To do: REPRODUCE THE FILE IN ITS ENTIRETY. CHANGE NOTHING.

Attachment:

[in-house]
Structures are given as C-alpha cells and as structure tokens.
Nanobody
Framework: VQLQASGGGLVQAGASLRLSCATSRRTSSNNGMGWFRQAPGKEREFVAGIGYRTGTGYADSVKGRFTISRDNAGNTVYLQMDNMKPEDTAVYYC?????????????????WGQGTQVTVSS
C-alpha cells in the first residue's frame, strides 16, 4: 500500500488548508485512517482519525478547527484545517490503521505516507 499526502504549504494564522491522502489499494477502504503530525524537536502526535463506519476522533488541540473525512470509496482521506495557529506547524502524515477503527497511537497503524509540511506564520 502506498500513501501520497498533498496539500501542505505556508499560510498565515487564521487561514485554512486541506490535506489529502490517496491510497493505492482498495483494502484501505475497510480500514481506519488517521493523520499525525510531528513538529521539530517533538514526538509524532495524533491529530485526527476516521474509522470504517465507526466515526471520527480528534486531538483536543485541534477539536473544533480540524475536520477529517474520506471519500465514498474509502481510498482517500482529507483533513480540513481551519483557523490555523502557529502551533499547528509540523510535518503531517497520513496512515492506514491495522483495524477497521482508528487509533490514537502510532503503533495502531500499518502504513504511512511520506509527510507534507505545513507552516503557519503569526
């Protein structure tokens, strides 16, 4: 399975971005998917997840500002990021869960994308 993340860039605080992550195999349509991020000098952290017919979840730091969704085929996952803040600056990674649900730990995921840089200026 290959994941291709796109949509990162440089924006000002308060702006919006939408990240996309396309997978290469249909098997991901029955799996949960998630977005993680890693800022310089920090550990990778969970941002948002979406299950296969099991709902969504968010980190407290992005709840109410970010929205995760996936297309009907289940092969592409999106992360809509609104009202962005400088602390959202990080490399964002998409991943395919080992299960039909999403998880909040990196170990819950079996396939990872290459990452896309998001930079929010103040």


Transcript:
[in-house]
Structures are given as C-alpha cells and as structure tokens.
Nanobody
Framework: VQLQASGGGLVQAGASLRLSCATSRRTSSNNGMGWFRQAPGKEREFVAGIGYRTGTGYADSVKGRFTISRDNAGNTVYLQMDNMKPEDTAVYYC?????????????????WGQGTQVTVSS
C-alpha cells in the first residue's frame, strides 16, 4: 500500500488548508485512517482519525478547527484545517490503521505516507 499526502504549504494564522491522502489499494477502504503530525524537536502526535463506519476522533488541540473525512470509496482521506495557529506547524502524515477503527497511537497503524509540511506564520 502506498500513501501520497498533498496539500501542505505556508499560510498565515487564521487561514485554512486541506490535506489529502490517496491510497493505492482498495483494502484501505475497510480500514481506519488517521493523520499525525510531528513538529521539530517533538514526538509524532495524533491529530485526527476516521474509522470504517465507526466515526471520527480528534486531538483536543485541534477539536473544533480540524475536520477529517474520506471519500465514498474509502481510498482517500482529507483533513480540513481551519483557523490555523502557529502551533499547528509540523510535518503531517497520513496512515492506514491495522483495524477497521482508528487509533490514537502510532503503533495502531500499518502504513504511512511520506509527510507534507505545513507552516503557519503569526
């Protein structure tokens, strides 16, 4: 399975971005998917997840500002990021869960994308 993340860039605080992550195999349509991020000098952290017919979840730091969704085929996952803040600056990674649900730990995921840089200026 290959994941291709796109949509990162440089924006000002308060702006919006939408990240996309396309997978290469249909098997991901029955799996949960998630977005993680890693800022310089920090550990990778969970941002948002979406299950296969099991709902969504968010980190407290992005709840109410970010929205995760996936297309009907289940092969592409999106992360809509609104009202962005400088602390959202990080490399964002998409991943395919080992299960039909999403998880909040990196170990819950079996396939990872290459990452896309998001930079929010103040």